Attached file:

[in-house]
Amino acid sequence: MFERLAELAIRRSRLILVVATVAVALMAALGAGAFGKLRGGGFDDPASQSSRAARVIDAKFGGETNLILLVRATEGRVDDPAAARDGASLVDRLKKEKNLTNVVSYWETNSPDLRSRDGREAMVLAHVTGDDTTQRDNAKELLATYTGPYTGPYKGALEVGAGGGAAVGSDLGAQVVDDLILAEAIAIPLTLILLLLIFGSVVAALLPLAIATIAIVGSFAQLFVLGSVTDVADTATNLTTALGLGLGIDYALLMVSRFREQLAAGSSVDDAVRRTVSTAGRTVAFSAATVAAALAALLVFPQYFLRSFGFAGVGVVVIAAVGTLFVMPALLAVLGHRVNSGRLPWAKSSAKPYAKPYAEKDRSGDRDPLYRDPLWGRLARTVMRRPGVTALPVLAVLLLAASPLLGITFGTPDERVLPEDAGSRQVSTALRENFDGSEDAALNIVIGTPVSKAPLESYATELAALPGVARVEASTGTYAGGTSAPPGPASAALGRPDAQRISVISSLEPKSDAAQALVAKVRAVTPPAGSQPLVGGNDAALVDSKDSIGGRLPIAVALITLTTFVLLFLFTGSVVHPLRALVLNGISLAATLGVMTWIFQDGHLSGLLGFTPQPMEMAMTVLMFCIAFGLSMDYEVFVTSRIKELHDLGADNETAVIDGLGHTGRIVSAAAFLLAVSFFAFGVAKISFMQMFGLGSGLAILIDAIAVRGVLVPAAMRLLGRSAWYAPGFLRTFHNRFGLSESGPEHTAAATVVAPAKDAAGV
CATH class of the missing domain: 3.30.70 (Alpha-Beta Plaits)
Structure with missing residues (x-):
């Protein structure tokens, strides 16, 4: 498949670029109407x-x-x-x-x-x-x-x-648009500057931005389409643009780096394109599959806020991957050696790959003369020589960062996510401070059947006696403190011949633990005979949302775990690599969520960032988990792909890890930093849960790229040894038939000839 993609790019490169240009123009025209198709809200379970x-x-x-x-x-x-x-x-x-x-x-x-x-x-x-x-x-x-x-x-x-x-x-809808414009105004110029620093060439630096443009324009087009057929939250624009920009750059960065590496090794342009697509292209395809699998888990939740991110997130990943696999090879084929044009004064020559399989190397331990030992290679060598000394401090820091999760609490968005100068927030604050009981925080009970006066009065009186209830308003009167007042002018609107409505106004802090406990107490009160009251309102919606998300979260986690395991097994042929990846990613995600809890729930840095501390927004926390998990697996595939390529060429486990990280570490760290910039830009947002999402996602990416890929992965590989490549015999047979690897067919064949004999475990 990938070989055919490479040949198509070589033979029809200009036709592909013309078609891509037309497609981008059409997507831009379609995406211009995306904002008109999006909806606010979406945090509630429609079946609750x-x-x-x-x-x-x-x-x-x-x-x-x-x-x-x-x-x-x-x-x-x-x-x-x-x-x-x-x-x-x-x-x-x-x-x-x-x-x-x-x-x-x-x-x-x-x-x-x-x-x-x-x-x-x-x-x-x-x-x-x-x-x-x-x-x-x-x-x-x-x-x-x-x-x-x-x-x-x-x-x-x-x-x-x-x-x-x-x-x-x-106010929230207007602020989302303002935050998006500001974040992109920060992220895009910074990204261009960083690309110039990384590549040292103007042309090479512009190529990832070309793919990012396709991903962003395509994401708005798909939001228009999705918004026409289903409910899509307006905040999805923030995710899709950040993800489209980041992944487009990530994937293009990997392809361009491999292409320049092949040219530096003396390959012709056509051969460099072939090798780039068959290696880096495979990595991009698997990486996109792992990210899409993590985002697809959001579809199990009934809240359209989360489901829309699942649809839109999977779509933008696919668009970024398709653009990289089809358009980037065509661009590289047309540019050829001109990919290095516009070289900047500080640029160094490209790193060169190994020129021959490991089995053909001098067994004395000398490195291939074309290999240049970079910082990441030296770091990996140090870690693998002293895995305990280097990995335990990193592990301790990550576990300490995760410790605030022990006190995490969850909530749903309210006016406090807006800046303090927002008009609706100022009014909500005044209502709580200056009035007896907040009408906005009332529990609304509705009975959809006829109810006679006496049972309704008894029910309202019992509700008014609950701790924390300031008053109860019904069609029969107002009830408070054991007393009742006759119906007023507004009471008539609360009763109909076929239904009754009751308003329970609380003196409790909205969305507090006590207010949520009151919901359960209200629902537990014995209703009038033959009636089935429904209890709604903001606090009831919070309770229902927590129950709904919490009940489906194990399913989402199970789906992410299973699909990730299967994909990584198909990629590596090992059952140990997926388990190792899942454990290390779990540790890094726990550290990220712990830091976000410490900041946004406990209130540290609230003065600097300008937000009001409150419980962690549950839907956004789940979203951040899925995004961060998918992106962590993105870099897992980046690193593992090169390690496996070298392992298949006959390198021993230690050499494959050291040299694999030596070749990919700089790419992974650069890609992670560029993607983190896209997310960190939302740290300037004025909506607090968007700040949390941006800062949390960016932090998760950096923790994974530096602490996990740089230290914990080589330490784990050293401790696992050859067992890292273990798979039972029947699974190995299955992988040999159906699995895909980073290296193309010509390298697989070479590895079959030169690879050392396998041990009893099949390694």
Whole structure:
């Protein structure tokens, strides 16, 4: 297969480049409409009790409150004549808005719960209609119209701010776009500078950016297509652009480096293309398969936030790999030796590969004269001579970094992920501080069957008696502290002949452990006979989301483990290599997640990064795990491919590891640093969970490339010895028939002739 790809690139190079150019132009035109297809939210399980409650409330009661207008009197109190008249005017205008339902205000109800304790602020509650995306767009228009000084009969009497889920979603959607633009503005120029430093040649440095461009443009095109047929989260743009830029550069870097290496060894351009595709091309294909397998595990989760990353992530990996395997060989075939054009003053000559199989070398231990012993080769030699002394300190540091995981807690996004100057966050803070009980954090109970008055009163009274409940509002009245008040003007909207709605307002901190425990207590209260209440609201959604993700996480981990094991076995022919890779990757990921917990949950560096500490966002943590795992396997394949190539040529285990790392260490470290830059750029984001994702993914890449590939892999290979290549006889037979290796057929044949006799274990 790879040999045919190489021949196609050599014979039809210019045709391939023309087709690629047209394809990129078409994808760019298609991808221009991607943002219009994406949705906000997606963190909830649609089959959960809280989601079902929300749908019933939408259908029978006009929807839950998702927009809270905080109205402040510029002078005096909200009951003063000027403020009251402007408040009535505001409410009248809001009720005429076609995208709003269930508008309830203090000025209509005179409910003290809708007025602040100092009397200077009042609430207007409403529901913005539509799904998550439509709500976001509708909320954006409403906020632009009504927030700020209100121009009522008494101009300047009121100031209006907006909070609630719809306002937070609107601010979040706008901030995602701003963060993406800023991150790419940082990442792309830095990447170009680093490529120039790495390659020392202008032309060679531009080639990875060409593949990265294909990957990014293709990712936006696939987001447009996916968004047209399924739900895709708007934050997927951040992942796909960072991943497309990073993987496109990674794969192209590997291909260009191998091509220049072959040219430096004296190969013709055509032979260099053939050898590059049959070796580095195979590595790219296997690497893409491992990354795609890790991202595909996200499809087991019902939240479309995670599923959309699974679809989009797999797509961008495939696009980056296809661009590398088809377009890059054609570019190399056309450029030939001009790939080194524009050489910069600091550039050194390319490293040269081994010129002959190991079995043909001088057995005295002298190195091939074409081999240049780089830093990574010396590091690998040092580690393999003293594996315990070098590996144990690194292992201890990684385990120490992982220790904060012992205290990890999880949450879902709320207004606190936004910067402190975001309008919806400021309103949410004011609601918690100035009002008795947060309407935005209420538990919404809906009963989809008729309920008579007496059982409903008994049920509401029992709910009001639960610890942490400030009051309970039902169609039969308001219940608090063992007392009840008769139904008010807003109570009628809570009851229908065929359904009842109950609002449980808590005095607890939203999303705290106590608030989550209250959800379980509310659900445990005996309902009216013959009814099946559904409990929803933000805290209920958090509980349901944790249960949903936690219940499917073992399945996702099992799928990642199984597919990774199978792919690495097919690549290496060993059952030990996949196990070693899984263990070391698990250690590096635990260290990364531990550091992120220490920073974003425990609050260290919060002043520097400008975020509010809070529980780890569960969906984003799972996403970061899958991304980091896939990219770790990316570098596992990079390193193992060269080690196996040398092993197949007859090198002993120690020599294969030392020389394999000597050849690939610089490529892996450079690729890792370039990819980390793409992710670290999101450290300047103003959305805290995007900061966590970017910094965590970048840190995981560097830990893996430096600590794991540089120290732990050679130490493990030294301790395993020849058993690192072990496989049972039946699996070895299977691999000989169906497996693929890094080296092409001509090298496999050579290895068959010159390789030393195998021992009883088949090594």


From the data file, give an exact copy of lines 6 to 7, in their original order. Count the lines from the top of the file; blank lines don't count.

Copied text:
Whole structure:
């Protein structure tokens, strides 16, 4: 297969480049409409009790409150004549808005719960209609119209701010776009500078950016297509652009480096293309398969936030790999030796590969004269001579970094992920501080069957008696502290002949452990006979989301483990290599997640990064795990491919590891640093969970490339010895028939002739 790809690139190079150019132009035109297809939210399980409650409330009661207008009197109190008249005017205008339902205000109800304790602020509650995306767009228009000084009969009497889920979603959607633009503005120029430093040649440095461009443009095109047929989260743009830029550069870097290496060894351009595709091309294909397998595990989760990353992530990996395997060989075939054009003053000559199989070398231990012993080769030699002394300190540091995981807690996004100057966050803070009980954090109970008055009163009274409940509002009245008040003007909207709605307002901190425990207590209260209440609201959604993700996480981990094991076995022919890779990757990921917990949950560096500490966002943590795992396997394949190539040529285990790392260490470290830059750029984001994702993914890449590939892999290979290549006889037979290796057929044949006799274990 790879040999045919190489021949196609050599014979039809210019045709391939023309087709690629047209394809990129078409994808760019298609991808221009991607943002219009994406949705906000997606963190909830649609089959959960809280989601079902929300749908019933939408259908029978006009929807839950998702927009809270905080109205402040510029002078005096909200009951003063000027403020009251402007408040009535505001409410009248809001009720005429076609995208709003269930508008309830203090000025209509005179409910003290809708007025602040100092009397200077009042609430207007409403529901913005539509799904998550439509709500976001509708909320954006409403906020632009009504927030700020209100121009009522008494101009300047009121100031209006907006909070609630719809306002937070609107601010979040706008901030995602701003963060993406800023991150790419940082990442792309830095990447170009680093490529120039790495390659020392202008032309060679531009080639990875060409593949990265294909990957990014293709990712936006696939987001447009996916968004047209399924739900895709708007934050997927951040992942796909960072991943497309990073993987496109990674794969192209590997291909260009191998091509220049072959040219430096004296190969013709055509032979260099053939050898590059049959070796580095195979590595790219296997690497893409491992990354795609890790991202595909996200499809087991019902939240479309995670599923959309699974679809989009797999797509961008495939696009980056296809661009590398088809377009890059054609570019190399056309450029030939001009790939080194524009050489910069600091550039050194390319490293040269081994010129002959190991079995043909001088057995005295002298190195091939074409081999240049780089830093990574010396590091690998040092580690393999003293594996315990070098590996144990690194292992201890990684385990120490992982220790904060012992205290990890999880949450879902709320207004606190936004910067402190975001309008919806400021309103949410004011609601918690100035009002008795947060309407935005209420538990919404809906009963989809008729309920008579007496059982409903008994049920509401029992709910009001639960610890942490400030009051309970039902169609039969308001219940608090063992007392009840008769139904008010807003109570009628809570009851229908065929359904009842109950609002449980808590005095607890939203999303705290106590608030989550209250959800379980509310659900445990005996309902009216013959009814099946559904409990929803933000805290209920958090509980349901944790249960949903936690219940499917073992399945996702099992799928990642199984597919990774199978792919690495097919690549290496060993059952030990996949196990070693899984263990070391698990250690590096635990260290990364531990550091992120220490920073974003425990609050260290919060002043520097400008975020509010809070529980780890569960969906984003799972996403970061899958991304980091896939990219770790990316570098596992990079390193193992060269080690196996040398092993197949007859090198002993120690020599294969030392020389394999000597050849690939610089490529892996450079690729890792370039990819980390793409992710670290999101450290300047103003959305805290995007900061966590970017910094965590970048840190995981560097830990893996430096600590794991540089120290732990050679130490493990030294301790395993020849058993690192072990496989049972039946699996070895299977691999000989169906497996693929890094080296092409001509090298496999050579290895068959010159390789030393195998021992009883088949090594």